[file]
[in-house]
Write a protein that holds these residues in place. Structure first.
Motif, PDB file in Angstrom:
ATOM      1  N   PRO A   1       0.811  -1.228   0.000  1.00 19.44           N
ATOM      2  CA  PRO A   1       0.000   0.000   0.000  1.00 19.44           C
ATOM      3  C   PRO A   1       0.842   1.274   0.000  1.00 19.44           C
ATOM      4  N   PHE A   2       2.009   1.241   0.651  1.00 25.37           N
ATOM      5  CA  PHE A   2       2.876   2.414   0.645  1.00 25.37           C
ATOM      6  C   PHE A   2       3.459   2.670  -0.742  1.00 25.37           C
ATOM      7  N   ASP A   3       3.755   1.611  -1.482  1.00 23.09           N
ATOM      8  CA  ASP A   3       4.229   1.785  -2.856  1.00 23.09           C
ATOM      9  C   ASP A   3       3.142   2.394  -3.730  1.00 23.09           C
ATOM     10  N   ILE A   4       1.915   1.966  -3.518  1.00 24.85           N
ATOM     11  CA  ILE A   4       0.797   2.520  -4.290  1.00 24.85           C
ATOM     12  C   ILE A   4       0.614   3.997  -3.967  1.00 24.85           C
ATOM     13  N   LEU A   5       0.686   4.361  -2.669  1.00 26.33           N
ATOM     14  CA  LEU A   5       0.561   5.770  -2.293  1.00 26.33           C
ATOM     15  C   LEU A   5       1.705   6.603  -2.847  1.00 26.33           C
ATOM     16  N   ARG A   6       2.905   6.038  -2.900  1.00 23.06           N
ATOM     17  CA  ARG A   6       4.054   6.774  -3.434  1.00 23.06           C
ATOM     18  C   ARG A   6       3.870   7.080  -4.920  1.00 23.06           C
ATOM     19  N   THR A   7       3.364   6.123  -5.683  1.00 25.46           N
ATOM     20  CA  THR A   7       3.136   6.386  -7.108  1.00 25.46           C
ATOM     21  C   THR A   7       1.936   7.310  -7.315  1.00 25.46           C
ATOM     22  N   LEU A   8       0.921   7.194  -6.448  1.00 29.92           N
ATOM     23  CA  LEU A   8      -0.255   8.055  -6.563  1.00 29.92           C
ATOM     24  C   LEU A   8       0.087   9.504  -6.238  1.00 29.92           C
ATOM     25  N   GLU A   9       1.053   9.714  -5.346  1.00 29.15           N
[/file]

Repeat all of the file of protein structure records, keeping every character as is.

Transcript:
[in-house]
Write a protein that holds these residues in place. Structure first.
Motif, PDB file in Angstrom:
ATOM      1  N   PRO A   1       0.811  -1.228   0.000  1.00 19.44           N
ATOM      2  CA  PRO A   1       0.000   0.000   0.000  1.00 19.44           C
ATOM      3  C   PRO A   1       0.842   1.274   0.000  1.00 19.44           C
ATOM      4  N   PHE A   2       2.009   1.241   0.651  1.00 25.37           N
ATOM      5  CA  PHE A   2       2.876   2.414   0.645  1.00 25.37           C
ATOM      6  C   PHE A   2       3.459   2.670  -0.742  1.00 25.37           C
ATOM      7  N   ASP A   3       3.755   1.611  -1.482  1.00 23.09           N
ATOM      8  CA  ASP A   3       4.229   1.785  -2.856  1.00 23.09           C
ATOM      9  C   ASP A   3       3.142   2.394  -3.730  1.00 23.09           C
ATOM     10  N   ILE A   4       1.915   1.966  -3.518  1.00 24.85           N
ATOM     11  CA  ILE A   4       0.797   2.520  -4.290  1.00 24.85           C
ATOM     12  C   ILE A   4       0.614   3.997  -3.967  1.00 24.85           C
ATOM     13  N   LEU A   5       0.686   4.361  -2.669  1.00 26.33           N
ATOM     14  CA  LEU A   5       0.561   5.770  -2.293  1.00 26.33           C
ATOM     15  C   LEU A   5       1.705   6.603  -2.847  1.00 26.33           C
ATOM     16  N   ARG A   6       2.905   6.038  -2.900  1.00 23.06           N
ATOM     17  CA  ARG A   6       4.054   6.774  -3.434  1.00 23.06           C
ATOM     18  C   ARG A   6       3.870   7.080  -4.920  1.00 23.06           C
ATOM     19  N   THR A   7       3.364   6.123  -5.683  1.00 25.46           N
ATOM     20  CA  THR A   7       3.136   6.386  -7.108  1.00 25.46           C
ATOM     21  C   THR A   7       1.936   7.310  -7.315  1.00 25.46           C
ATOM     22  N   LEU A   8       0.921   7.194  -6.448  1.00 29.92           N
ATOM     23  CA  LEU A   8      -0.255   8.055  -6.563  1.00 29.92           C
ATOM     24  C   LEU A   8       0.087   9.504  -6.238  1.00 29.92           C
ATOM     25  N   GLU A   9       1.053   9.714  -5.346  1.00 29.15           N